The best soft hackles and wet flies for fishing the Hendrickson hatch

“What are the best soft hackles (or wet flies) for fishing the Hendrickson hatch?” is one of those questions I get a lot this time of year. As always, the best flies are the ones in which you have the most confidence. I should also make this clarification: technically, with Hendricksons you’re fishing wet flies under the hatch. On the Farmington River, prime time for swinging Hendrickson wets is generally in the 11 am-to-3 pm window. Every day is different. Once you see duns on the water, and trout snapping at them, the wet fly game is all but over. But if you want to catch more trout, you should be swinging wets in this pre-hatch time frame. (Of course, you’re fishing a team of three wets. Here’s how to build a wet fly leader.) And so, in no particular order, these are some of my favorite Hendrickson wet fly and soft-hackled patterns.

Bead Head Soft-Hackled Dark Hendrickson
Dark Hendrickson winged wet
Hendrickson Spiders. Size 12, wet or dry fly hook, gray or rusty brown thread, tail material of your choice, a dusting of muskrat fur or dubbing, then brown partridge or dark dun hen hackle.
Bead Head Soft-Hackled Pheasant Tail
Old Blue Dun
Squirrel and Ginger. Yeah, I know. Not a Hendrickson pattern. But on the Farmington, we often get a strong caddis hatch around Hendrickson time. If you place this as your top dropper, you’ll be covered if the trout are selectively feeding on the caddis.

Currentseams Tuesday Night Zoom 3/23/21, 8pm: “Tying Wet Flies”

It’s getting to be that time of year when we can think about not dredging the bottom and start fishing in the upper reaches of the water column. We’re talking wet flies for this Currentseams Tuesday Night Zoom, and I’ll be telling you about the materials and hooks I use to tie these simple, traditional, and devastatingly effective flies. Bonus: I’ll throw in a tying demo. If you haven’t been getting the Zoom links — I send them out Tuesday late afternoon — please check your spam box. If you’re sending a request to get on the list, please don’t wait until 7:45 p.m. Tuesday night…I won’t be checking my email that late. Thanks!

Best of 2020 #3: Hendrickson Wet Fly Mania

When I give a wet fly lesson, I always tell my clients this: “If you hit a hatch just right, you can have one of those days you’ll never forget.” And it so it was for me on a cool afternoon in April. Hendrickson season can be tough on the Farmington, especially if you’re looking for an unoccupied mark. But sometimes luck smiles upon you, and on this day it was so. The run I wanted to fish was on lockdown, but just as I arrived, an angler left, leaving a prime lie open. Armed with a three fly team of wets, I proceeded to wreak havoc upon the residents. This was one of those days where I quickly lost count of fish, but it was easily in the multiple dozens range. (Fresh fish + epic Hendrickson hatch + wet flies = stupid good.) I had doubles galore. I finally quit because it was so ridiculous for so long. Really. You can read about it here.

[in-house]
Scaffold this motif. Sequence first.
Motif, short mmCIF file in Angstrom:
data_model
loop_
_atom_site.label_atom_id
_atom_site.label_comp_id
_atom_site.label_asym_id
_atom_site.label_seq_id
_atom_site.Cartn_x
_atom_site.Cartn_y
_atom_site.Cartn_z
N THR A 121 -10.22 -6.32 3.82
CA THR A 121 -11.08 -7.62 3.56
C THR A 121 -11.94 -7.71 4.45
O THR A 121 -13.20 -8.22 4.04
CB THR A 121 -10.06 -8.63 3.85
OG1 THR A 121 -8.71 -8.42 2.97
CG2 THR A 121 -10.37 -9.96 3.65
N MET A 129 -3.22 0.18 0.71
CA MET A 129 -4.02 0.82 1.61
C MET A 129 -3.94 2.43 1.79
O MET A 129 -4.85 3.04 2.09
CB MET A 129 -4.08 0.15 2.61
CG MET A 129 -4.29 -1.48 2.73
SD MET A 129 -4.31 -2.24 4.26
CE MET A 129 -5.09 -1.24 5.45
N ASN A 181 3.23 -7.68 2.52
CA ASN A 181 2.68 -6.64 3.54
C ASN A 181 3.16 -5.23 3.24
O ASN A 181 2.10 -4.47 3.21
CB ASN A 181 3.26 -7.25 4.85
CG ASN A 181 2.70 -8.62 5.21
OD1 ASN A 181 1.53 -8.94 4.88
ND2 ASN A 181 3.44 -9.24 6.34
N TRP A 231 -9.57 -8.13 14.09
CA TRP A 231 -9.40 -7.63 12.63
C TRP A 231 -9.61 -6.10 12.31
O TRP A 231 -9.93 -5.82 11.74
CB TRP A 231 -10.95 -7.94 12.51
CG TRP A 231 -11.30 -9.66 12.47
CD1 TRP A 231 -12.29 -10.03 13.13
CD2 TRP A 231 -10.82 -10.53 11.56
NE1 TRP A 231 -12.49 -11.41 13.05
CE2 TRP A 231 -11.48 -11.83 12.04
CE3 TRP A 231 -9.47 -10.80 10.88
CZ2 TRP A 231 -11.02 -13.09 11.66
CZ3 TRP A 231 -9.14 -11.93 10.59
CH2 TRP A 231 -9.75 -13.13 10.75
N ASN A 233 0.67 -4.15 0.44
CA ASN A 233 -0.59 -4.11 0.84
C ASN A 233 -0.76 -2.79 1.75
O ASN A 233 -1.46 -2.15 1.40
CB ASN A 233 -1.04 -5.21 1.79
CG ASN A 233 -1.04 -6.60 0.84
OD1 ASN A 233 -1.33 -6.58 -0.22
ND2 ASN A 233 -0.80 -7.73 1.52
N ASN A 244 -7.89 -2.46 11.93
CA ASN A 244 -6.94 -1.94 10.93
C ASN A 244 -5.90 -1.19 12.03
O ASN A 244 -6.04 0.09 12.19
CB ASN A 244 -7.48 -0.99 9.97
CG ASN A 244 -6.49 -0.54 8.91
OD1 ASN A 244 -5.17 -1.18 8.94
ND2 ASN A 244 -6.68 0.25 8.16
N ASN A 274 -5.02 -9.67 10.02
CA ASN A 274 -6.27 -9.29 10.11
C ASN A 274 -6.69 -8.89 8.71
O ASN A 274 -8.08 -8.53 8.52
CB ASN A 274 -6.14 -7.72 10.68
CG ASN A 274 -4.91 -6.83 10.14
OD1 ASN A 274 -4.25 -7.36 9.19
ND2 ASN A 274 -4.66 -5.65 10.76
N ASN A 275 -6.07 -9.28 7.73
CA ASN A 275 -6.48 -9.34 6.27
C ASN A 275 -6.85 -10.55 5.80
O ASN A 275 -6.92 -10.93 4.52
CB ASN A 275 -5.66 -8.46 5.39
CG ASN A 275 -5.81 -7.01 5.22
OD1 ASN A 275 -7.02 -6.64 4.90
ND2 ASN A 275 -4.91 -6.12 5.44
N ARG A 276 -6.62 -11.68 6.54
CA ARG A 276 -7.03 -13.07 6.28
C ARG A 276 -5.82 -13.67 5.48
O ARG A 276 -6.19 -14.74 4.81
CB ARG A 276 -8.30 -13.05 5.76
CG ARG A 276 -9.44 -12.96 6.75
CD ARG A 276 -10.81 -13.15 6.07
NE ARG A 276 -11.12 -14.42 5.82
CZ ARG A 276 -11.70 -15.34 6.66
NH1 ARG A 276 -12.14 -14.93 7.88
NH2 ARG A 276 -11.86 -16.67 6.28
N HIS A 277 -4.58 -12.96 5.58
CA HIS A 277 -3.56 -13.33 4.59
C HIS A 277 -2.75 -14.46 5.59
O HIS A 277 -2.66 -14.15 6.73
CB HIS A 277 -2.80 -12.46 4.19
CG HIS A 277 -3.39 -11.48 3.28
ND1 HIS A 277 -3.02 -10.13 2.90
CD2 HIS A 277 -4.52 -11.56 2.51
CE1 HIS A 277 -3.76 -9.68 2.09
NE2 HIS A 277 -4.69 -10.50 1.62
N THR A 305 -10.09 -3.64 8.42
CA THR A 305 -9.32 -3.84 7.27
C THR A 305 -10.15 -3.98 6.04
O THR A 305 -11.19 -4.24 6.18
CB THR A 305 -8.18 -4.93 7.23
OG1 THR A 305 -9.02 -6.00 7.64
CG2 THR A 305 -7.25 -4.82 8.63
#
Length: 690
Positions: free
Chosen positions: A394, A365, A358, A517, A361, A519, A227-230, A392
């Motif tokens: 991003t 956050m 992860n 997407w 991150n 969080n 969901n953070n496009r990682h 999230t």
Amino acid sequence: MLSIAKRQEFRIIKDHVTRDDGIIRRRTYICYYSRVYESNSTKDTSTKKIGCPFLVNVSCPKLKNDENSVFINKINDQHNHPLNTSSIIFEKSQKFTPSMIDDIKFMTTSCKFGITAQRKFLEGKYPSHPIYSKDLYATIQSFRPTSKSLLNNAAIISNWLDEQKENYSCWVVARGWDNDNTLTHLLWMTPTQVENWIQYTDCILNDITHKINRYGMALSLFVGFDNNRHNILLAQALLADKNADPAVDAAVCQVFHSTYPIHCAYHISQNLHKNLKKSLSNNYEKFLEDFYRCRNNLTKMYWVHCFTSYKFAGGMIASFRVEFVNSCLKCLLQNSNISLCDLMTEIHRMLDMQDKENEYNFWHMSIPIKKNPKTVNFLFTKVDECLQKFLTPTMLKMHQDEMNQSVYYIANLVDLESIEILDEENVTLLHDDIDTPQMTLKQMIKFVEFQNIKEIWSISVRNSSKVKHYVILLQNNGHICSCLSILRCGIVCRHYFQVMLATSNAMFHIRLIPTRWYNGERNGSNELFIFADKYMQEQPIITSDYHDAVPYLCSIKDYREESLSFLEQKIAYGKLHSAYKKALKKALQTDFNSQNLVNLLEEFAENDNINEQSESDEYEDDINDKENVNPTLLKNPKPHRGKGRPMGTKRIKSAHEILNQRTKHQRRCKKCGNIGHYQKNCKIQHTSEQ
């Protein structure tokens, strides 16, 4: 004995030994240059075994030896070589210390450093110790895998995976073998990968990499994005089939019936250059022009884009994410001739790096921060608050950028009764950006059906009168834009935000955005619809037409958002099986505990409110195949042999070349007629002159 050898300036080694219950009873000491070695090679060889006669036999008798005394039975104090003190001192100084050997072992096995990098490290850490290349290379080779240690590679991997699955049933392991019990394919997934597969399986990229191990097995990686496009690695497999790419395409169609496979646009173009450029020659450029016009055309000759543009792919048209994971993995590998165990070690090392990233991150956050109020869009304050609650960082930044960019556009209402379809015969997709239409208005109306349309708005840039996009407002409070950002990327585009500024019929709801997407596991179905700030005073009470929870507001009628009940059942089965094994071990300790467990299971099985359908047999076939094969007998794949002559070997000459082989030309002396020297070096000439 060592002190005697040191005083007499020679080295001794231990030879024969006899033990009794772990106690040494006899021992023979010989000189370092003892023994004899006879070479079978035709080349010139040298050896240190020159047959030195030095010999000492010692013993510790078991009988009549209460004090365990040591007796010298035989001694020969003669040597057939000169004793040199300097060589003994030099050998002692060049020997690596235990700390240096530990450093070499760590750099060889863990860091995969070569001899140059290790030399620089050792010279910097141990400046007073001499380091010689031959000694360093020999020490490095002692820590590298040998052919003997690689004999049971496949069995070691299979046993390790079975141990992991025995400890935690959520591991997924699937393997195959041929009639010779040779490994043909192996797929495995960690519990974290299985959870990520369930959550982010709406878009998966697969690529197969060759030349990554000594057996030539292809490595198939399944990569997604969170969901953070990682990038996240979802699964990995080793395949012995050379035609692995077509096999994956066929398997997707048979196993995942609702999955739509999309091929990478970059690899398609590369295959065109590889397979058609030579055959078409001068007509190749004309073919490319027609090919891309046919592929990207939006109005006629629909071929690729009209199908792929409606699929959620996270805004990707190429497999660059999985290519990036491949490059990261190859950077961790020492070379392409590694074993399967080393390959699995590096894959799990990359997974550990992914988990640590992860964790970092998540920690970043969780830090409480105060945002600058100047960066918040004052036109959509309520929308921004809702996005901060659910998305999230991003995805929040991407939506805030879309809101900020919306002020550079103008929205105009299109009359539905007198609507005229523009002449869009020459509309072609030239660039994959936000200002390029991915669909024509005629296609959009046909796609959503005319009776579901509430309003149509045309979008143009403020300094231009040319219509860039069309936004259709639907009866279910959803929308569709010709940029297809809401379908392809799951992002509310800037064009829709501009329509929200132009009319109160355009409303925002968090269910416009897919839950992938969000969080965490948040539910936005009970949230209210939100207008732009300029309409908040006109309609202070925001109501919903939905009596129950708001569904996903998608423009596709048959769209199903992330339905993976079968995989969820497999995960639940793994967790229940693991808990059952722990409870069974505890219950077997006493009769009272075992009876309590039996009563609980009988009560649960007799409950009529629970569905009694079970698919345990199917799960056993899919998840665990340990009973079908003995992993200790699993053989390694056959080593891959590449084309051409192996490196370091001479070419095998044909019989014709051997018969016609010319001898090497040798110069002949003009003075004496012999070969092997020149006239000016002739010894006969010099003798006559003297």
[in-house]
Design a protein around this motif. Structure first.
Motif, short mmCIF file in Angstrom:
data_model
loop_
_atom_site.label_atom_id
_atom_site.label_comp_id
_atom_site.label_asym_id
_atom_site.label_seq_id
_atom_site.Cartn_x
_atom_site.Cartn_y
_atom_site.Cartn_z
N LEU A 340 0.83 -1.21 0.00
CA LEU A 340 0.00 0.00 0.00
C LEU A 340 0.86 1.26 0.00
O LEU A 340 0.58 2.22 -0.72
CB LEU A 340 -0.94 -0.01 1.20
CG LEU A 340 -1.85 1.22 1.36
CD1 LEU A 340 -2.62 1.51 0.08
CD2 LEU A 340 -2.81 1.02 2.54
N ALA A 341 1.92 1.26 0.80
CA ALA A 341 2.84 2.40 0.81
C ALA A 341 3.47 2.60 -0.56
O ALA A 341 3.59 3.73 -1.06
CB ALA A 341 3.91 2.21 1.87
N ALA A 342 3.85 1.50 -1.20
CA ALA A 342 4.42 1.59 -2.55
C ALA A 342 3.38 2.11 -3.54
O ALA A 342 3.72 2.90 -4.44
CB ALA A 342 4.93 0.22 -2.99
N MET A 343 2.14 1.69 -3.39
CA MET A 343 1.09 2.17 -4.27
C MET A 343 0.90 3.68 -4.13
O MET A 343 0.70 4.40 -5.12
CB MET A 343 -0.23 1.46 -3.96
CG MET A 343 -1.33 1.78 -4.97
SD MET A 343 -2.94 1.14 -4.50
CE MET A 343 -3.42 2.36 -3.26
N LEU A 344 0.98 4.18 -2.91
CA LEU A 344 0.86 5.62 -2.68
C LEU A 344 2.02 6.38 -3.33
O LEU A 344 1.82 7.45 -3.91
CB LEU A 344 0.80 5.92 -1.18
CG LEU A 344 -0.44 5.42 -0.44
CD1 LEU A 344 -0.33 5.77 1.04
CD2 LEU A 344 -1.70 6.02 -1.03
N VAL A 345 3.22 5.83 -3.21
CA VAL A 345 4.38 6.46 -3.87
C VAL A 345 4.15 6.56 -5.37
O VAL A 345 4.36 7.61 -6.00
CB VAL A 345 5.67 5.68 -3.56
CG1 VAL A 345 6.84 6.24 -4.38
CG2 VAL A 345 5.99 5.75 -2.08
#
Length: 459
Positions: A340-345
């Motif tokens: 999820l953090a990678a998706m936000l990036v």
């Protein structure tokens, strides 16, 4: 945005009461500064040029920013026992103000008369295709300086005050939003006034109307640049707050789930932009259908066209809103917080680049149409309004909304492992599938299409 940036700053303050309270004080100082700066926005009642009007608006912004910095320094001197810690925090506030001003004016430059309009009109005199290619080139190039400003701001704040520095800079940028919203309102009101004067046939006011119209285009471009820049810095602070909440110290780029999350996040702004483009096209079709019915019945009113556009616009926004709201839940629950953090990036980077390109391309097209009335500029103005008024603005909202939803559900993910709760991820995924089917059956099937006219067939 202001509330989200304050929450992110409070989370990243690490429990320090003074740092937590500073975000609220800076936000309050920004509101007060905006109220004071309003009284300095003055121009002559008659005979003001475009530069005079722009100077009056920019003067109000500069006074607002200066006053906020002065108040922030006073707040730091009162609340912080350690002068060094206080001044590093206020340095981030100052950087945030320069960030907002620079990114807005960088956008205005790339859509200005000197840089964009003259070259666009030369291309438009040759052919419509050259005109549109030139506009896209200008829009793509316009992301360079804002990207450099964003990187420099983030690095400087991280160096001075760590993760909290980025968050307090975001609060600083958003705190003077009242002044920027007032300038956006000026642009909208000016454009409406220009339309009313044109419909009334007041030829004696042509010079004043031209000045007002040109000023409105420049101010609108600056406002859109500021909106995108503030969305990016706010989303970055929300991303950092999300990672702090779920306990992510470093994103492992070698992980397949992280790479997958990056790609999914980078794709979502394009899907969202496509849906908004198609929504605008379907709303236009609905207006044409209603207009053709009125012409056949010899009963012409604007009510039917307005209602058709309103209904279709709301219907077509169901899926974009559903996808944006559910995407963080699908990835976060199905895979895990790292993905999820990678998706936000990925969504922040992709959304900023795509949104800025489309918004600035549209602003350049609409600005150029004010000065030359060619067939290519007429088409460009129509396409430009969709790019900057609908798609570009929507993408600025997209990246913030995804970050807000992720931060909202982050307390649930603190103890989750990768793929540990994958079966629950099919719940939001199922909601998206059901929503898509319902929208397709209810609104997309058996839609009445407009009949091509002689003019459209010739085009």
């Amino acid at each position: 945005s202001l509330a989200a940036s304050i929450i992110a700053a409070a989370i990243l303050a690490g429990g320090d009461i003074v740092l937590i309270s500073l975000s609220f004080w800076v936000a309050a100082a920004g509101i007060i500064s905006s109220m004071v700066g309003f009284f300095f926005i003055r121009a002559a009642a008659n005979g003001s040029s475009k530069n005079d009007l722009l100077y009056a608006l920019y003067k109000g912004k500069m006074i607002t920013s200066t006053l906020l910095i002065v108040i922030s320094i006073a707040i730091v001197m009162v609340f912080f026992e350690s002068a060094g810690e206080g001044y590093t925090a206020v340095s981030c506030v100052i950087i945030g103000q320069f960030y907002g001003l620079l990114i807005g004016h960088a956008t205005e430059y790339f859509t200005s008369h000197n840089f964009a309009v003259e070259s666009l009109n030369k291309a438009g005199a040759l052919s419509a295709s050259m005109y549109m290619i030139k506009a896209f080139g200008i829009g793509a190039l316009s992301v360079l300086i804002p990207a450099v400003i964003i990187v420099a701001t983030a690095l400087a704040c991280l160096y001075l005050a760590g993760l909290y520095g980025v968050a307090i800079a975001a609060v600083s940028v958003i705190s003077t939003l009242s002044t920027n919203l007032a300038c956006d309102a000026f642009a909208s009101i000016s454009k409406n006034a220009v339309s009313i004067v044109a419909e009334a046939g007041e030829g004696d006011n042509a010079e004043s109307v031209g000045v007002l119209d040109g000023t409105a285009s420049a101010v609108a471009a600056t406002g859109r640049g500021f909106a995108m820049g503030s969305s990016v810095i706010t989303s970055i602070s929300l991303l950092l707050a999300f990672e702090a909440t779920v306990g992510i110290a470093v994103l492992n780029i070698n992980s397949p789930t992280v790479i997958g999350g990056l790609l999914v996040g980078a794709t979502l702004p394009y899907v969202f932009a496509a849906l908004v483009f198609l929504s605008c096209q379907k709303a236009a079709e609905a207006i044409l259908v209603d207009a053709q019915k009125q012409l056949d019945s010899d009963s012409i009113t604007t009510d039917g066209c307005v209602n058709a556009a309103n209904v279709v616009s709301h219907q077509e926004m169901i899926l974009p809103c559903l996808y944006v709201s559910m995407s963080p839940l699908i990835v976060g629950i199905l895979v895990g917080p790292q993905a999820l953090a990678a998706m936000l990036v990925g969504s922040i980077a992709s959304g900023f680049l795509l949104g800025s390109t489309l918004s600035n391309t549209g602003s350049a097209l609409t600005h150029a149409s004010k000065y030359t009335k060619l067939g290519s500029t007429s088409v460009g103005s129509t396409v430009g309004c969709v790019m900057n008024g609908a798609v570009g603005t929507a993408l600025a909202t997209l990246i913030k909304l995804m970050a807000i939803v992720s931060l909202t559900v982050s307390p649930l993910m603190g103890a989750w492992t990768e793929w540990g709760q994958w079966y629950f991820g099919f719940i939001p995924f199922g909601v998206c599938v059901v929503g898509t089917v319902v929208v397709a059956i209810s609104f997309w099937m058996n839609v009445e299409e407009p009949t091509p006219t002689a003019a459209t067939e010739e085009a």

I had several evenings of spectacular wet fly action during the sulphur hatches of 2020, but nothing that equaled the craziness of this day of Hendrickson mania! If the water is 450cfs+, or if you want to sink your team a little more, try this tungsten bead head Dark Hendrickson soft hackle on point.

Tying wets (what else!) on a wet Friday

Much to do today, and in between projects and responsibilities I’m trying to make a dent in my 800 Followers contest winner swag. Here’s a Hackled March Brown in progress.

As you can see, my tying bench trends toward messy. There’s something mad scientist/struggling artist that I like about materials and tools scattered everywhere…

Of Jalapeño Cheeseburgers, IPAs, and Wet Flies, or: Thank You, HFFA

Many thanks to the HFFA for hosting me last night. The pre-game meal was both delicious and appreciated (see Culton’s Rule of Presentation, AKA “A fed presenter is a happy presenter.”) I hadn’t given the “Wet Flies 101” program in some time, so it was nice to return to an old friend. Speaking of old friends, there were many familiar faces in the audience, which is always gratifying. Thanks to everyone who took the time to come out, share their experiences, and ask so many good questions.

Winged wets like these have been fooling trout for hundreds of years, and the fish aren’t getting any smarter.

BatchoHendricksons

I have two more appearances in December — more on those soon.

Thanks to everyone who attended my wet fly class at River & Riptide.

I love tying flies, but teaching others how to tie runs a close second. I am fortunate enough to be able to do it at a number of area fly shops. Today’s was at River & Riptide in Coventry, RI. Great group of guys, all eager students. It’s amazing watching the transformation that happens in someone’s tying in just a few hours. Our focus today was on wet flies. We covered basic soft-hackles, wingless wets, winged wets, and fuzzy nymphs. Thanks to R&R for letting me teach, and thanks to everyone who made the afternoon so enjoyable.

Drowned Ant Soft-Hackle

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I’ll be doing the same class tomorrow at UpCountry Sportfishing in New Hartford, CT.